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ORLANDO, Fla. — As political and trade credit risk rise in importance to multinational corporations, captives can be used to help mitigate such risks, according to a panel speaking at the Captive Insurance Companies Association conference Monday in Orlando.
“Political risk has been in the news” from the Arab Spring three years ago to the more recent tensions between Ukraine and Russia, said Stephen Kay, senior vice president and U.S. practice leader for political risk for Marsh USA Inc. in New York.
Mr. Kay said recent surveys show “political risk as one of the key issues that have risen to the attention of the C-suite,” citing a December survey by McKinsey & Co. that named political risk as the No. 1 issue of urgent concern to corporations.
Indeed, a live poll conducted while the panel was speaking showed 87.5% of the audience said political risk was greater than a year ago, while only 12.5% saw it as the same and none said it was lower.
David Anderson, Washington-based director for global business development for Zurich North America's credit and political risk business, gave two case study examples of how corporations have used a captive structure to help manage political and trade credit risk.
In the first, $50 million of trade credit insurance for a commodities trader was secured through a $7 million captive facility together with a separate $43 million Zurich policy, allowing the risk manager to craft a “global financial risk solution” featuring both “diversification of risk” and “arms-length pricing provided by an insurer,” Mr. Anderson said.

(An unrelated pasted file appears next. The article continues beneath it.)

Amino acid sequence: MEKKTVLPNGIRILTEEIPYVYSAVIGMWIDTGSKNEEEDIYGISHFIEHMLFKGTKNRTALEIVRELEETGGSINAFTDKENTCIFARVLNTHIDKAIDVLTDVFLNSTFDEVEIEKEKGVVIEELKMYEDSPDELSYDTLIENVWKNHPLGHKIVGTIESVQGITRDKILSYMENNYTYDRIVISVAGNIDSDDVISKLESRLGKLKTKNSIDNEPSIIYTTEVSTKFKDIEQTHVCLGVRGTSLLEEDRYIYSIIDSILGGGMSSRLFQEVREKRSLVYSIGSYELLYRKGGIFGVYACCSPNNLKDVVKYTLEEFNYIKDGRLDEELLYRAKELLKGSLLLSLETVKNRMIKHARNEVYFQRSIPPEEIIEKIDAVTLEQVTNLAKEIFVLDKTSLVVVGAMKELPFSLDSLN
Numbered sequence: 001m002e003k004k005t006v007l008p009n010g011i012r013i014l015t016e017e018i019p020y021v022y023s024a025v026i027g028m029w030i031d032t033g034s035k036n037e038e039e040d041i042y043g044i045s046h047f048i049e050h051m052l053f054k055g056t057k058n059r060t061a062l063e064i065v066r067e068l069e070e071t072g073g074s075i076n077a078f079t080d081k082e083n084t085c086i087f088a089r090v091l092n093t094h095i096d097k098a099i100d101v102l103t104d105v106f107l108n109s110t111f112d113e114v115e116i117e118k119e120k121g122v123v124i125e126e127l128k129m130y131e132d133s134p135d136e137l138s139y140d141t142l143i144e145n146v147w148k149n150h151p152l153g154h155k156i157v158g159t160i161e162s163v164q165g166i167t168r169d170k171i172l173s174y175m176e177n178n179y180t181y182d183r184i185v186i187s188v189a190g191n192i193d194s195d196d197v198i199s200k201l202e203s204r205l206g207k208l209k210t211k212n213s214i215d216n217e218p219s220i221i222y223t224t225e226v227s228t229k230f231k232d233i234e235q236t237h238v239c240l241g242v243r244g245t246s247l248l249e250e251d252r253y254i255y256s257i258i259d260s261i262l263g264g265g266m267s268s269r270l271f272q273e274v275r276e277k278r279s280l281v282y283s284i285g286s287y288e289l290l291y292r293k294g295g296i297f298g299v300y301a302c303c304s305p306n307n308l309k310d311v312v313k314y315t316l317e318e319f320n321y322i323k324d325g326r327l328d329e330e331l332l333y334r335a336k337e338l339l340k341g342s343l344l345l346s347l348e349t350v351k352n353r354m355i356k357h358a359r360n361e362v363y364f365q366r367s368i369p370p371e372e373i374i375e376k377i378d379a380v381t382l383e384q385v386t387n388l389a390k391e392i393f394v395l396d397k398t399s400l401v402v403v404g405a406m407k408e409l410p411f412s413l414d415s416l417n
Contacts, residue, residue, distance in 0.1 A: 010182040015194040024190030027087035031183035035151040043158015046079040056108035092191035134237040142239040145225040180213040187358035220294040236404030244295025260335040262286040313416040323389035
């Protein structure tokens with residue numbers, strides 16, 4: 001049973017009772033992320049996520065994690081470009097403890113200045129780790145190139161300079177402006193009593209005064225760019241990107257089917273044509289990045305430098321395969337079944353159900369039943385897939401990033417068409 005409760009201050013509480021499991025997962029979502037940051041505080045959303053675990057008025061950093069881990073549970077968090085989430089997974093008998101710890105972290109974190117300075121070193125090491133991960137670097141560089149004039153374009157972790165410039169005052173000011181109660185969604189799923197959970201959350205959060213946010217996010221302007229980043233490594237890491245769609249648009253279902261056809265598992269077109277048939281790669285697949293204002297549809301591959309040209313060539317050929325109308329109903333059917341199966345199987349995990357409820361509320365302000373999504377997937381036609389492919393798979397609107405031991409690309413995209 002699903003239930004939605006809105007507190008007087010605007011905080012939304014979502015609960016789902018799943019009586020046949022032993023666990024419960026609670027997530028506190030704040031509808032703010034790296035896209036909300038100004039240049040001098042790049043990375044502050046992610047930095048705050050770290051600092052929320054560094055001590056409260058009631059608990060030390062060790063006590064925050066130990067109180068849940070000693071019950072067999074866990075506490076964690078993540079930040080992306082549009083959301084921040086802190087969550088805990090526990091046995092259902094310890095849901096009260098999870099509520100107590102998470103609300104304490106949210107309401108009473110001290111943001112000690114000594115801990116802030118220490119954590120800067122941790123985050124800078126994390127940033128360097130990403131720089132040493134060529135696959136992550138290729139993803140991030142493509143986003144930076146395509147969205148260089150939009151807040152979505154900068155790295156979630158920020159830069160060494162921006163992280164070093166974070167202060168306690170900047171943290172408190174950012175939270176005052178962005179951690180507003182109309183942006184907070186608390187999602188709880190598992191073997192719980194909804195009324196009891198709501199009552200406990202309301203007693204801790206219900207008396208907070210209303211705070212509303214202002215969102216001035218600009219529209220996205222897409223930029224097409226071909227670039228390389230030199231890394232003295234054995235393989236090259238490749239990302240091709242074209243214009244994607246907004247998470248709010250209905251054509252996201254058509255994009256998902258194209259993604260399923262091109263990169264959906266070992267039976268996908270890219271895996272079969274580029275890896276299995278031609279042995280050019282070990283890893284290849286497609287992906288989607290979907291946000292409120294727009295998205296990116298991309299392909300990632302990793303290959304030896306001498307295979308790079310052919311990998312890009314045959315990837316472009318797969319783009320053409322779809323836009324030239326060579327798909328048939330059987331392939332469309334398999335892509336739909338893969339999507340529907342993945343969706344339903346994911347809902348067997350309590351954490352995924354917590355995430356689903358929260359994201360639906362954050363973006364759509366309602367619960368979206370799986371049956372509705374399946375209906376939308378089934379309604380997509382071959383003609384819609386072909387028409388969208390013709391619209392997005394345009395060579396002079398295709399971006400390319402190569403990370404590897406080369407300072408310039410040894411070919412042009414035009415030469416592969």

In another example, a global drilling company secured $100 million in political risk insurance with a $10 million captive facility combined with a $90 million reinsurance limit from Zurich, Mr. Anderson said.
The greatest benefit of captives, said Rod Morris, Fountain Hills, Arizona-based CEO of R&Q Captive Management, is “that it allows risk managers and corporations to take control of their own destiny to a much greater extent” than as a consumer in the marketplace.
ORLANDO, Fla. — Captive insurers can offer companies more options when it comes to building an insurance program, from allowing greater control over coverages to addressing an issue neglected by the marketplace, a panel of industry executives said at the Captive Insurance Companies Association's international conference in Orlando, Florida.